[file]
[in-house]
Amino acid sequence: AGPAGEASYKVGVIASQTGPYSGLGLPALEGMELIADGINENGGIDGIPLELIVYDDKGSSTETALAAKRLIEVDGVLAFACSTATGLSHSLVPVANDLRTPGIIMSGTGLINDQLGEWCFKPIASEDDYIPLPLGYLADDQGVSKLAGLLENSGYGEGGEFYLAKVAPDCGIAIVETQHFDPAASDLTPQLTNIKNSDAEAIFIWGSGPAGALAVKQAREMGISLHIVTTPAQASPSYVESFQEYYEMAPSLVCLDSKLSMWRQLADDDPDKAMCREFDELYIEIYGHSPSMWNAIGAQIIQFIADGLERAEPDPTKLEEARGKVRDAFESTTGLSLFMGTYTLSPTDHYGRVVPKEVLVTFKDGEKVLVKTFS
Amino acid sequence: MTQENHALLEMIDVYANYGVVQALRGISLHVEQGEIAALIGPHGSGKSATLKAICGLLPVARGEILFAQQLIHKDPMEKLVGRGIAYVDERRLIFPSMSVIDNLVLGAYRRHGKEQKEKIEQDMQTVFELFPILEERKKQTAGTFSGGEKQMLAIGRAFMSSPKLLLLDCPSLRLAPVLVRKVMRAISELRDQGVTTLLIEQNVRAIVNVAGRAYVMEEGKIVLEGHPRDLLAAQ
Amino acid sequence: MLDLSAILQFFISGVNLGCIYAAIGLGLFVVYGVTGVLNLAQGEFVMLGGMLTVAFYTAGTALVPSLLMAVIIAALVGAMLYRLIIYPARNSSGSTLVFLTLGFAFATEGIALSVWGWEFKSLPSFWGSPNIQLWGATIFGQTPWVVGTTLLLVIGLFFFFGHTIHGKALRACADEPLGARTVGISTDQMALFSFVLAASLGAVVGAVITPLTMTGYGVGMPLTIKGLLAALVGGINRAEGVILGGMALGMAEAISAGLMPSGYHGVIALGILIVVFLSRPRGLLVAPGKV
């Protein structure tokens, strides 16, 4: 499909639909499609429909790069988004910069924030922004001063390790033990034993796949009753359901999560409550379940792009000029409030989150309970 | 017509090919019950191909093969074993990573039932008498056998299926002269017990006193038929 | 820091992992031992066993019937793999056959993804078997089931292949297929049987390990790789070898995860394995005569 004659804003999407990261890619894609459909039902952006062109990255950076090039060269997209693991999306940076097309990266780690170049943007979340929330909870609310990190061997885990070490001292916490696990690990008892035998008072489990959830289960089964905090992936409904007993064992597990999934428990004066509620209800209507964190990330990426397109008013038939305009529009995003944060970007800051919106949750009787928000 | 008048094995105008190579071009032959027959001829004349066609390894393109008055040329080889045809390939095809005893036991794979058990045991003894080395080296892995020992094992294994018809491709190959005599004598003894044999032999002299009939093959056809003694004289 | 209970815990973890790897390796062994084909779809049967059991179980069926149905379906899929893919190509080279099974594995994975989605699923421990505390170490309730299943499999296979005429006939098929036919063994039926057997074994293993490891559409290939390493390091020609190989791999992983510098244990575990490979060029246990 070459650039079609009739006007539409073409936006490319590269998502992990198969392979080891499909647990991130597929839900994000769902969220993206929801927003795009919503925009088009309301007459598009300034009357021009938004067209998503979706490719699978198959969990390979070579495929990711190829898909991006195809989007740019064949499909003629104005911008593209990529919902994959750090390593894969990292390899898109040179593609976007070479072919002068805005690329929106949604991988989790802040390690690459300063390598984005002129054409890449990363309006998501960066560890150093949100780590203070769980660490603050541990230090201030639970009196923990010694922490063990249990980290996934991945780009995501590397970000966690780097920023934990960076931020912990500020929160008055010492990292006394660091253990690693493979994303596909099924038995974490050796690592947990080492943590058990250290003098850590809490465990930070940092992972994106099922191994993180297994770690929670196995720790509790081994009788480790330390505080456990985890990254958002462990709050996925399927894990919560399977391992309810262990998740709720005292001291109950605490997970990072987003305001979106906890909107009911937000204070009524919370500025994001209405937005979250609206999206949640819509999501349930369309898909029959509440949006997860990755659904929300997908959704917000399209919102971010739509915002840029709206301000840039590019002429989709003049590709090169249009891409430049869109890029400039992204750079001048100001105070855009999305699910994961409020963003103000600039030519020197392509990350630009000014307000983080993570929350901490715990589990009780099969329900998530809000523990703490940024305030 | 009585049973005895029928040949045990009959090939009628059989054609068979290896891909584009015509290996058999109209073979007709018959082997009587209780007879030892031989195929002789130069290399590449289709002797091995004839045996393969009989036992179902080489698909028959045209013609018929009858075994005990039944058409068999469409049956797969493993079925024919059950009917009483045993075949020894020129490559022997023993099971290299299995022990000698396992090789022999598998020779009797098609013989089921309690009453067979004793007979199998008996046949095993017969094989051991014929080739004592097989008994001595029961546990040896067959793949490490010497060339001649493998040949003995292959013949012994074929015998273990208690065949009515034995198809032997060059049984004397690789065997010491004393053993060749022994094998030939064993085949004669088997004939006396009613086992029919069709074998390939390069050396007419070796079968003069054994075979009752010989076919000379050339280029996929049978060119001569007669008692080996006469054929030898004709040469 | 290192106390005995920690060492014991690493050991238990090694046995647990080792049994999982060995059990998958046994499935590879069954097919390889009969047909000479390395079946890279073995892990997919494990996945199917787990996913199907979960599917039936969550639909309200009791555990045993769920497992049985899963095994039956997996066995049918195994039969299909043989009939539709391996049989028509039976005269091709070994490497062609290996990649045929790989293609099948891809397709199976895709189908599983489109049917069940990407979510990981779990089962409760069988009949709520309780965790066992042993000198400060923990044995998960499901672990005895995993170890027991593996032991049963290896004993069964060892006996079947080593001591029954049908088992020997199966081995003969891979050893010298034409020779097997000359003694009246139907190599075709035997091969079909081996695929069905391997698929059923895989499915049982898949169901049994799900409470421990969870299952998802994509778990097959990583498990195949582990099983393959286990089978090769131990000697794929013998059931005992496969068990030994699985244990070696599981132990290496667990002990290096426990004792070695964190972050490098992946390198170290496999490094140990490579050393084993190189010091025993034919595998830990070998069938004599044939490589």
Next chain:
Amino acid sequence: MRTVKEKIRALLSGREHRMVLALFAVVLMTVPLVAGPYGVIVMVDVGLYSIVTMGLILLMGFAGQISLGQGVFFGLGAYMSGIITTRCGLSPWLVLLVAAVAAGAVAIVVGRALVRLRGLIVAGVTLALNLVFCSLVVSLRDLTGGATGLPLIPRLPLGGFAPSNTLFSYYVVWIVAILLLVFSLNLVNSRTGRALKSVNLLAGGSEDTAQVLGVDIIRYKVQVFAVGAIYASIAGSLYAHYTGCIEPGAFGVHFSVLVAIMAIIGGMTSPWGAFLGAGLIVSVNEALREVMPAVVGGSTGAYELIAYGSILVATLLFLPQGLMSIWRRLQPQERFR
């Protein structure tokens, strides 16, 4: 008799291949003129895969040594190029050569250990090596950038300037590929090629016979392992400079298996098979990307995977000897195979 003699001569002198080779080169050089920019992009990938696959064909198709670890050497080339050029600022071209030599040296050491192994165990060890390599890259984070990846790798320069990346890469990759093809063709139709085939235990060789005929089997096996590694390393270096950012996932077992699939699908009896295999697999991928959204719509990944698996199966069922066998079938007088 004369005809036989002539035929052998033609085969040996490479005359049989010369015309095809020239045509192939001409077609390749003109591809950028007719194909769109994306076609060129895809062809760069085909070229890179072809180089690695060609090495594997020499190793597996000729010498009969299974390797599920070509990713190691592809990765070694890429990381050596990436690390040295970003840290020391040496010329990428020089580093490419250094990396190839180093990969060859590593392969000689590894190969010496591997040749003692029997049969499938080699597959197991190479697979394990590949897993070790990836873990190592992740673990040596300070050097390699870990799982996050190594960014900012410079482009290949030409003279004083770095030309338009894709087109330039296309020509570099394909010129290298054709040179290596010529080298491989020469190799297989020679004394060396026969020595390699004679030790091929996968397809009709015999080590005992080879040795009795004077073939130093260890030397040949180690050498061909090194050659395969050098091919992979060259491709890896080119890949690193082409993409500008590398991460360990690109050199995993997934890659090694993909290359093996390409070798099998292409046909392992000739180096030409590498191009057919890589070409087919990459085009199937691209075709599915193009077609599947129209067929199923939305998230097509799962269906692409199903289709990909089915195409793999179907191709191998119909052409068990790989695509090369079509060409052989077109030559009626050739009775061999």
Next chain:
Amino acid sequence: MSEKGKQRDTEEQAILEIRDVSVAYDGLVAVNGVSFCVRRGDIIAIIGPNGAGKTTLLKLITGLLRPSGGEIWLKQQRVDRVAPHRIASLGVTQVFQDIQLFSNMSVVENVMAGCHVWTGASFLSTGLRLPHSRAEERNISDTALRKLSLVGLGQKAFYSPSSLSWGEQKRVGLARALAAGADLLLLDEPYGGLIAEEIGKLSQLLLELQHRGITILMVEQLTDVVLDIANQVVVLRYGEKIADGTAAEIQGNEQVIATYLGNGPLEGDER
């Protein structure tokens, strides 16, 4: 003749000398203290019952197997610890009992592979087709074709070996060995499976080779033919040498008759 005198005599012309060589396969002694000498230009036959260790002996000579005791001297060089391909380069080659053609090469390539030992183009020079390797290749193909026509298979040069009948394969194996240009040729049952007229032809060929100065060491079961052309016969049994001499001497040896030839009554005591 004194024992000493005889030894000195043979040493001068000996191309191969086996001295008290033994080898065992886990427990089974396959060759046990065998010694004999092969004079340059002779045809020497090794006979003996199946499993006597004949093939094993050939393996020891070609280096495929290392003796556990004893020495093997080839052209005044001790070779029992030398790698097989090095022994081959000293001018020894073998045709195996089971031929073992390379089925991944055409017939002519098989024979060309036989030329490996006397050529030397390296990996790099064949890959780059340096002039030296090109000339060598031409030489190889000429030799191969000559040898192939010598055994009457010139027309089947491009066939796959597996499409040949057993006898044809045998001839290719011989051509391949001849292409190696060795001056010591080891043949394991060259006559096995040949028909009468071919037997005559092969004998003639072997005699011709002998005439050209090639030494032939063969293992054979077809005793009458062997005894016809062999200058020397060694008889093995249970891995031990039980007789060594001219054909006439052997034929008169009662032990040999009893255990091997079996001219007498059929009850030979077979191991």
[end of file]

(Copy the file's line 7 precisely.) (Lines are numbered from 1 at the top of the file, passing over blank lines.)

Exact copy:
Amino acid sequence: MRTVKEKIRALLSGREHRMVLALFAVVLMTVPLVAGPYGVIVMVDVGLYSIVTMGLILLMGFAGQISLGQGVFFGLGAYMSGIITTRCGLSPWLVLLVAAVAAGAVAIVVGRALVRLRGLIVAGVTLALNLVFCSLVVSLRDLTGGATGLPLIPRLPLGGFAPSNTLFSYYVVWIVAILLLVFSLNLVNSRTGRALKSVNLLAGGSEDTAQVLGVDIIRYKVQVFAVGAIYASIAGSLYAHYTGCIEPGAFGVHFSVLVAIMAIIGGMTSPWGAFLGAGLIVSVNEALREVMPAVVGGSTGAYELIAYGSILVATLLFLPQGLMSIWRRLQPQERFR